Tuesday, May 31, 2011

Sometimes a bunny is just a bunny

Recently, there's been a discussion of Margaret Wise Brown's book Goodnight Moon on one of the children's literature listservs I read. Nothing unusual... after all, it's a classic book and is bound to be talked about from time to time.

But, this discussion has started to get into issues involving incest, gender, sexuality and the domination of the older female bunny... and at this point, I've got to wonder: is it okay for Goodnight Moon to just be about a bunny that says good night to the objects in their room? Does it have to be about anything more than that? Is it about anything more than that?

My guess is no, it probably isn't. I appreciate book analysis as much as the next person, but sometimes I think we tend to over-analyze, especially in the field of children's books. And I think when that happens, some of the sweet innocence of a book can get lost.

For example, after I read the Graveyard Book by Neil Gaiman, I was struck by the fact that he referred to one of the ghouls as the 33rd President of the United States. It was very specific, and I wondered what he meant by it. So, I went online and found many brilliant theories that it was a reference to Truman's (the 33rd President) ghoulish decision to drop the atomic bomb.

Made sense. But then, I asked Neil Gaiman about it and he said that wasn't the case at all. The real reason was that he wanted to use a president from that era and he decided that FDR was just too cool to turn into a ghoul. He thought about Eisenhower, but in the end, thought the number 33 sounded better than the number 34, and number 33 turned out to be Truman. There's nothing more to it than that.

Moral: sometimes things are really that simple. And sometimes a cigar is just a cigar. Is it okay to let a bunny just be a bunny?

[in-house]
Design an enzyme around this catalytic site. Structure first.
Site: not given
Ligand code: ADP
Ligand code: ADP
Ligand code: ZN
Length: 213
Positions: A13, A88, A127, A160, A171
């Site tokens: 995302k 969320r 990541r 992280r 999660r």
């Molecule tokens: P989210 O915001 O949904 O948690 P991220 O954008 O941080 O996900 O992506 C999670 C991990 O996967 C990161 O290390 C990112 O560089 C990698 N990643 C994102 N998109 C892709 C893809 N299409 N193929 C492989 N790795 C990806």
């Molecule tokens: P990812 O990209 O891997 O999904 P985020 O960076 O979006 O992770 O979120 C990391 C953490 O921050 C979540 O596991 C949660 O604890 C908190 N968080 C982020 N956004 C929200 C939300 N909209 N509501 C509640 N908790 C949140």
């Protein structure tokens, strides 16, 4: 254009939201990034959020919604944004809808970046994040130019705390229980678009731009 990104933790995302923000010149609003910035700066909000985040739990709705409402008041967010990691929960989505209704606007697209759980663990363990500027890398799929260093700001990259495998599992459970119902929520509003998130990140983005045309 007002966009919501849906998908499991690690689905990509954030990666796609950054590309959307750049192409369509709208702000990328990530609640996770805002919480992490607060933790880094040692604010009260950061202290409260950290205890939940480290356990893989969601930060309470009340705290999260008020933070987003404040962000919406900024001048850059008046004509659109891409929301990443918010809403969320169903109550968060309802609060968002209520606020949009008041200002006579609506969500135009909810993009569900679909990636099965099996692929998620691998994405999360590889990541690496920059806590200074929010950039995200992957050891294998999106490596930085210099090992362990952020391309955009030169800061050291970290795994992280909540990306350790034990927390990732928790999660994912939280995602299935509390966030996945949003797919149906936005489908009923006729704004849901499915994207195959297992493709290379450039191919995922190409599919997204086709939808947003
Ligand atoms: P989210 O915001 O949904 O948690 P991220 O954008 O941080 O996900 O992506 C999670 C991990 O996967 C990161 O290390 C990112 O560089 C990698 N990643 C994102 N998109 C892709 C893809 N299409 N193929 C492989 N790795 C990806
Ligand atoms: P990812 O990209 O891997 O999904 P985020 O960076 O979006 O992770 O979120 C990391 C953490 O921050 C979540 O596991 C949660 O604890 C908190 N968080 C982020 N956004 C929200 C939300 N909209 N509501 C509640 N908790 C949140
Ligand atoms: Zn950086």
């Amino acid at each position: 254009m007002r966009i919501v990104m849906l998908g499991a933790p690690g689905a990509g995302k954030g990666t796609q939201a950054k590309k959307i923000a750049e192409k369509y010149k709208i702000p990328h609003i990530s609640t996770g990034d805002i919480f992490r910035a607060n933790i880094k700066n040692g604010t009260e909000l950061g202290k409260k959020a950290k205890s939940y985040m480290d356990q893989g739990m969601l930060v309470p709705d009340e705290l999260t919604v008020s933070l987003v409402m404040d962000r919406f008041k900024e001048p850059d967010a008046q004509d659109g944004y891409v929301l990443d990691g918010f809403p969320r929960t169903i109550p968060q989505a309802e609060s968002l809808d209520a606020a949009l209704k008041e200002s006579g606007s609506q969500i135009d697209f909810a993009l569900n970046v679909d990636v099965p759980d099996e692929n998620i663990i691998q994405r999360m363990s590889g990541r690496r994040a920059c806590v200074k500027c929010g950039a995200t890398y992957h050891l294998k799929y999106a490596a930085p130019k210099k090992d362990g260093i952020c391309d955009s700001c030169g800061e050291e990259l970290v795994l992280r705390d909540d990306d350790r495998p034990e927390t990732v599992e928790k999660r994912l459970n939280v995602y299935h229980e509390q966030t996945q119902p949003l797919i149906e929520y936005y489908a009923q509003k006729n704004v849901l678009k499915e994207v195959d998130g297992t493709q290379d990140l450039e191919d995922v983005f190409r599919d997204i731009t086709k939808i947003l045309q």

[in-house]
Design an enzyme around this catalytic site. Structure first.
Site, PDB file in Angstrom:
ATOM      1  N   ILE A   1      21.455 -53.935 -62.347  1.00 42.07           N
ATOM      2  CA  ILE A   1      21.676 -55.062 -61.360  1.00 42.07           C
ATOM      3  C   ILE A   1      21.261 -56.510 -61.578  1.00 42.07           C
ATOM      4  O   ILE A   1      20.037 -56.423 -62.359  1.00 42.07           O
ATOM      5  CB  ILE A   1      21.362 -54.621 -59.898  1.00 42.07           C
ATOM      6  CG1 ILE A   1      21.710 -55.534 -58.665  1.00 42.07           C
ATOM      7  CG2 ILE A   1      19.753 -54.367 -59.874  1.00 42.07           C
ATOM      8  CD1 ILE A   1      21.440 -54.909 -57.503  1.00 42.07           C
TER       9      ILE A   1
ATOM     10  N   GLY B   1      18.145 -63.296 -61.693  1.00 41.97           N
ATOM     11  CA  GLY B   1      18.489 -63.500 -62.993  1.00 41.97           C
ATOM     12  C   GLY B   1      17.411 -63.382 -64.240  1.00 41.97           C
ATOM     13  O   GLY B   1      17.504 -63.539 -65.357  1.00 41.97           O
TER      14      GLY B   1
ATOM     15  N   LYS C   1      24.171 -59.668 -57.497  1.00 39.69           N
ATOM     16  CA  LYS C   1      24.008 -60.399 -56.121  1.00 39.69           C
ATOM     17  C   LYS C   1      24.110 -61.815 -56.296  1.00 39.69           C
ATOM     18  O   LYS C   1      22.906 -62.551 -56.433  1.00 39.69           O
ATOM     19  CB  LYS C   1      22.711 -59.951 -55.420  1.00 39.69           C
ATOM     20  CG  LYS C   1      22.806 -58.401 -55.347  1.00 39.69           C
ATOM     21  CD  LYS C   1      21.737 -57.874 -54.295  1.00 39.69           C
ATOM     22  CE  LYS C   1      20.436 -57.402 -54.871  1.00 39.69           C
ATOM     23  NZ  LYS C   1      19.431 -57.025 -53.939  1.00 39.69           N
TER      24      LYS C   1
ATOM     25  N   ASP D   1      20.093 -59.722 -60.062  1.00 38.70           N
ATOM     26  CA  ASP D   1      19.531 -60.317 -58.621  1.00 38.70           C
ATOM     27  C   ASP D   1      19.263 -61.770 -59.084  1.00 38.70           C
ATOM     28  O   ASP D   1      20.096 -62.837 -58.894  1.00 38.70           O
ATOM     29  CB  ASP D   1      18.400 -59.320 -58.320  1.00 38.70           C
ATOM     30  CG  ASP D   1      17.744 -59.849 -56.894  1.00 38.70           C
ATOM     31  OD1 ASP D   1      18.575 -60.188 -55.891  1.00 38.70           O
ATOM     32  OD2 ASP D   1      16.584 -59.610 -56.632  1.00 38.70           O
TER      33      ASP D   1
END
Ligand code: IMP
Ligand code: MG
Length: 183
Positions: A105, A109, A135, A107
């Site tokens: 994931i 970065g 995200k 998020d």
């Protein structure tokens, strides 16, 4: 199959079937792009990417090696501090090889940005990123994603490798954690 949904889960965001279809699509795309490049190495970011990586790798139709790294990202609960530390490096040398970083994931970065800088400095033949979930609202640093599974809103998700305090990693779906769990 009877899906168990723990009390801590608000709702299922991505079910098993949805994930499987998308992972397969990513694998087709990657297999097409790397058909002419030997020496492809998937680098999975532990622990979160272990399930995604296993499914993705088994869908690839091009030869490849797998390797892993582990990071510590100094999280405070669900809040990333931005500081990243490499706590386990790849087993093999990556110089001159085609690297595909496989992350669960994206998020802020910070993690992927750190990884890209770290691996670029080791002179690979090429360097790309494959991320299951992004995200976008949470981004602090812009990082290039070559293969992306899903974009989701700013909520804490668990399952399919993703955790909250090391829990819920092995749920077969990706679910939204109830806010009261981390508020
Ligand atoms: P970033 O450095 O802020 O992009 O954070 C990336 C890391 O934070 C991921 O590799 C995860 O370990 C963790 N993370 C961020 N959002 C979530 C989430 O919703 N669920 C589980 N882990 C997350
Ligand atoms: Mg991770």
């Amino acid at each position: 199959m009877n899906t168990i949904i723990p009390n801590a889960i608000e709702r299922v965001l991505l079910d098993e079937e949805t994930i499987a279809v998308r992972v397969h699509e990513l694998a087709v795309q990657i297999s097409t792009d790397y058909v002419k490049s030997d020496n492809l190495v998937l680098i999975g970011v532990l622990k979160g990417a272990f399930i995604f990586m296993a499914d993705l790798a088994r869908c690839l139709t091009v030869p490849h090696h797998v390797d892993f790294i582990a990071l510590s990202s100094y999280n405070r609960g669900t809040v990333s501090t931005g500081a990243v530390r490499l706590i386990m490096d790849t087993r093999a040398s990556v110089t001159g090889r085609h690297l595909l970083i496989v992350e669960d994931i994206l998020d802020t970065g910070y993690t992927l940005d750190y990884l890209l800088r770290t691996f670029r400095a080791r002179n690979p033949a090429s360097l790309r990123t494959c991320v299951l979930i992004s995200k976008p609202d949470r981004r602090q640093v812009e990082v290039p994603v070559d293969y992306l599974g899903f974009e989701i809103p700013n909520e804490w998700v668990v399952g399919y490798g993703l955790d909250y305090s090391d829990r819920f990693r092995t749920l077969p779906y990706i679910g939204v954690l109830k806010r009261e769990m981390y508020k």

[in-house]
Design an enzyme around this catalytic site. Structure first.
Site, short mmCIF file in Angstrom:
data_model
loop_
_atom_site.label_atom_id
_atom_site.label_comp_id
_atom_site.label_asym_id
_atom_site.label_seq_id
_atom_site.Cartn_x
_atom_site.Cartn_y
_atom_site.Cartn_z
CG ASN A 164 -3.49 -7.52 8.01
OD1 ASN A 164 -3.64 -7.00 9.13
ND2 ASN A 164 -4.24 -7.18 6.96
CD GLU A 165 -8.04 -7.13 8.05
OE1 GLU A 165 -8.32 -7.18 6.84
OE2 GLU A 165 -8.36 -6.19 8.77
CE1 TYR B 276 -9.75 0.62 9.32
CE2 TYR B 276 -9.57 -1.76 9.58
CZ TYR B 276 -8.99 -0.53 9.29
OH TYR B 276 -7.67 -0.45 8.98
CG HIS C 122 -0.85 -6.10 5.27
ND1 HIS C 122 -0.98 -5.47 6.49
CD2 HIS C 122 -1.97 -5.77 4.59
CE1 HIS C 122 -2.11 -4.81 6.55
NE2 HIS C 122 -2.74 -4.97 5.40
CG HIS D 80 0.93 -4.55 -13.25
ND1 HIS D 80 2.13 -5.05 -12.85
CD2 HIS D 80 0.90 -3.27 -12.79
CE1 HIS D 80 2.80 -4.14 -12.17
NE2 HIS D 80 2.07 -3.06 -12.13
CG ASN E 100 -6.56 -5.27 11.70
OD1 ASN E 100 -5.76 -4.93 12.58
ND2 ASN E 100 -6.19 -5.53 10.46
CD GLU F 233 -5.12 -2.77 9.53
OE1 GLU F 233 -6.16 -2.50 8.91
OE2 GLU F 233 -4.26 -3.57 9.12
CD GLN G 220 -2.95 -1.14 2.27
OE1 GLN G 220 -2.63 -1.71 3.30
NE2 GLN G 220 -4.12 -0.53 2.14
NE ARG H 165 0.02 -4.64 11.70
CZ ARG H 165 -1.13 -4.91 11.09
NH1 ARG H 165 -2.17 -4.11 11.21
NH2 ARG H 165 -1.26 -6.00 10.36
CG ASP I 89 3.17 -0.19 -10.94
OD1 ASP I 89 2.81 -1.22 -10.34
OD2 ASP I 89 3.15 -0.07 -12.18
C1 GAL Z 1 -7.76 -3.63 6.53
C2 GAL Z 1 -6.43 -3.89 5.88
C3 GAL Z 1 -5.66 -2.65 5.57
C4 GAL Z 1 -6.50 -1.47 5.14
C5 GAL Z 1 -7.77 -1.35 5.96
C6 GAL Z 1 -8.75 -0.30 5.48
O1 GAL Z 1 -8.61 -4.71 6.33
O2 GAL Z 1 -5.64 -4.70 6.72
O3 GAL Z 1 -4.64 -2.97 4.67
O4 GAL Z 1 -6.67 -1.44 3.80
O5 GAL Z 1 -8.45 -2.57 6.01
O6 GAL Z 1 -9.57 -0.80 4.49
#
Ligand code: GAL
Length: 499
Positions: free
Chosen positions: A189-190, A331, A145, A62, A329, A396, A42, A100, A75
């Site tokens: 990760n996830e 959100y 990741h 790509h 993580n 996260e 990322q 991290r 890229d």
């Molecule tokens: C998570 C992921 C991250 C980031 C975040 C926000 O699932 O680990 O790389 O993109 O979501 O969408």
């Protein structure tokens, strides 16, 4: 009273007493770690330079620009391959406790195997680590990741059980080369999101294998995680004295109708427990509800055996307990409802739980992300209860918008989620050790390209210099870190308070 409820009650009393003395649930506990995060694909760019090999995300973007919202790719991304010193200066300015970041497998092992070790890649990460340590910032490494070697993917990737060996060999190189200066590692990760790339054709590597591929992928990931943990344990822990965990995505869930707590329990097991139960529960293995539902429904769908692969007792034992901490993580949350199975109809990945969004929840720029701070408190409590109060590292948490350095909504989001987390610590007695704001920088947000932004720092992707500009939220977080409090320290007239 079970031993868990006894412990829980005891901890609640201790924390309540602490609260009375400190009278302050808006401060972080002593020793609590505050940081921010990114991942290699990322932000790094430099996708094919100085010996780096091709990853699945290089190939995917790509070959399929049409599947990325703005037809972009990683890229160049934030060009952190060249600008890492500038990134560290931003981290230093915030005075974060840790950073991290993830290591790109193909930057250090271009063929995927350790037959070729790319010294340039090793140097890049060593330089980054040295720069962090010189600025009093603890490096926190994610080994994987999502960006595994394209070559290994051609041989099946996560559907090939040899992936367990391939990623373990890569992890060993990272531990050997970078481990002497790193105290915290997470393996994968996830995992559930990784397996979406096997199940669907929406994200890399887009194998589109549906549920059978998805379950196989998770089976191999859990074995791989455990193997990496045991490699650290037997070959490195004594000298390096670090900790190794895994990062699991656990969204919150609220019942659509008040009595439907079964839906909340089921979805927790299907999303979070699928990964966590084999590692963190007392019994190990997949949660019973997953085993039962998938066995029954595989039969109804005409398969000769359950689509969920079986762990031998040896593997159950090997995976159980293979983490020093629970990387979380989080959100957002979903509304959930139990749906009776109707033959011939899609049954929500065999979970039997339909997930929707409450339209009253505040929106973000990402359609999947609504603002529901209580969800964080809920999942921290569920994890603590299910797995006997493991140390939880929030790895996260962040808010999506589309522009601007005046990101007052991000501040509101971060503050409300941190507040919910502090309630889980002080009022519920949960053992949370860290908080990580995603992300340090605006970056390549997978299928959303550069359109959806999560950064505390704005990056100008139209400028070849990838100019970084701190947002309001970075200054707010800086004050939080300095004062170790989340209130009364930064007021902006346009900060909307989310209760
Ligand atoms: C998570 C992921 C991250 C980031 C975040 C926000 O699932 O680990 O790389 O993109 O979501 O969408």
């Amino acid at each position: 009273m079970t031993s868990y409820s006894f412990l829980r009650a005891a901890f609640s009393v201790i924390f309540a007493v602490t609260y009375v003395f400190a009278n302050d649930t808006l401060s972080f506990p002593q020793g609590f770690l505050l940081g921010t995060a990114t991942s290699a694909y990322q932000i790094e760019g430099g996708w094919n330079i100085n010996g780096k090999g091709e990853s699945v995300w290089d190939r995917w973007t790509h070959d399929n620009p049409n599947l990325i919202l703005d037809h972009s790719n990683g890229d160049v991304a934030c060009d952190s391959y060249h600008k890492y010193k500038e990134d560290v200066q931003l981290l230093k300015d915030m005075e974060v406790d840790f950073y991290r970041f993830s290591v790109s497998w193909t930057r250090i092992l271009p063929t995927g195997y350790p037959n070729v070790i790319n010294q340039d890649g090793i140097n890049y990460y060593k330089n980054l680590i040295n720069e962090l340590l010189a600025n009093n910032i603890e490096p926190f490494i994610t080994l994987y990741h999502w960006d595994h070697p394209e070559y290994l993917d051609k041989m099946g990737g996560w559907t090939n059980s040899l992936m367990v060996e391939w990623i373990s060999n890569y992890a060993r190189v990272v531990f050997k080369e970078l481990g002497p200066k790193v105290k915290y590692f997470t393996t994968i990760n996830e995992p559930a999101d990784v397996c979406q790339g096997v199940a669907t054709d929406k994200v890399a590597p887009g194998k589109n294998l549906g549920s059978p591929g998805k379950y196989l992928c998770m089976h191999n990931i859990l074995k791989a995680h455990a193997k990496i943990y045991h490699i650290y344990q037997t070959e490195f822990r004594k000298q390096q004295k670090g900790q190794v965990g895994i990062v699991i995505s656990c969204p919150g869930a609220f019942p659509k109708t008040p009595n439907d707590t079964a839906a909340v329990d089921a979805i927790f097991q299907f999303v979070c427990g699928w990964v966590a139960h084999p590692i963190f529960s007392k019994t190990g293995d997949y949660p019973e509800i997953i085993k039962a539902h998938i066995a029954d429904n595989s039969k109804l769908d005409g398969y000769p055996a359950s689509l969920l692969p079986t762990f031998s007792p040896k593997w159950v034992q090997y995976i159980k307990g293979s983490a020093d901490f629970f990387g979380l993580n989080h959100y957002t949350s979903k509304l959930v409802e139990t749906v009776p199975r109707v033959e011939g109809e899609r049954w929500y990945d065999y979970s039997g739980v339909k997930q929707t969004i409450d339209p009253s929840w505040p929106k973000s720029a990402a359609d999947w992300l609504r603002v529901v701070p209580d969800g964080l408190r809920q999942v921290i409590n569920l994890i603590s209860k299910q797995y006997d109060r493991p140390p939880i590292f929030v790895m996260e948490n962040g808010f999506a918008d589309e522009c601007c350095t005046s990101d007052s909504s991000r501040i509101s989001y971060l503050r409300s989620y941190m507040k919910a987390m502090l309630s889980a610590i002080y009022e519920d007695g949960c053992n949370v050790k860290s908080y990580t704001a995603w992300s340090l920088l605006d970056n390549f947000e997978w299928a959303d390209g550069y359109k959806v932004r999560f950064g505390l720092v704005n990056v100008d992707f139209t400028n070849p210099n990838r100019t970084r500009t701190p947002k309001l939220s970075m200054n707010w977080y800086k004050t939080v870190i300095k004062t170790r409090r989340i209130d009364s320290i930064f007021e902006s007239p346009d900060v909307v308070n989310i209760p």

What book do you think has been over-analyzed?


  1. Well put! My children have enjoyed Goodnight moon for it's rhythm and simple art style. At least in my experience, the logic of saying goodnight to a list of objects matches the logic of a four year old mind trying to settle down and make order of the world.

    Too look for much deeper meaning is to go searching for that pesky monster in the closet--like I have told all of my kids, there is nothing there.

  2. And I forgot to answer Susan's question...

    I have not done much reading but I'm going to mention Where the Wild Things Are, just because there is a movie.

  3. Dave- I completely agree. And yes, Where the Wild Things Are is one of those books that have been over-analyzed to death.

  4. Here, Here, Susan!

    It hasn't been analyzed to death, but one of my favorite series, the Redwall books, has been casually dismissed by some as not "complex" enough. Brian Jacques' good guys are good guys and his baddies are baddies, and that's about it. People say that is too simplistic, and ignore the adventurous and swashbuckling tale he tries to tell.

    There are people who can enjoy the view of a frog basking on a log by a still pond, and then there are those who are never content until the frog is pinned to a lab tray...

  5. My BFF and I have an ongoing conversation about exactly this, and the way books are taught in English classes in high school.

    Gail Carriger--an author--posted this on her blog a couple of weeks ago.

    Sure, it's possible there may be an underlying hidden message to the colour the protagonist's room is painted, but more than likely, it just happens that the author decided that peach walls sounded like fun. I'm sure this depends on the type of fiction you're reading, also, but it irritates me that so many school students are taught to loathe reading, and some truly amazing books, because they're taught to over analyse, rather than just read and enjoy, and understand.

    Any text prescribed as part of national English curriculum: that's my vote for over-analysed :D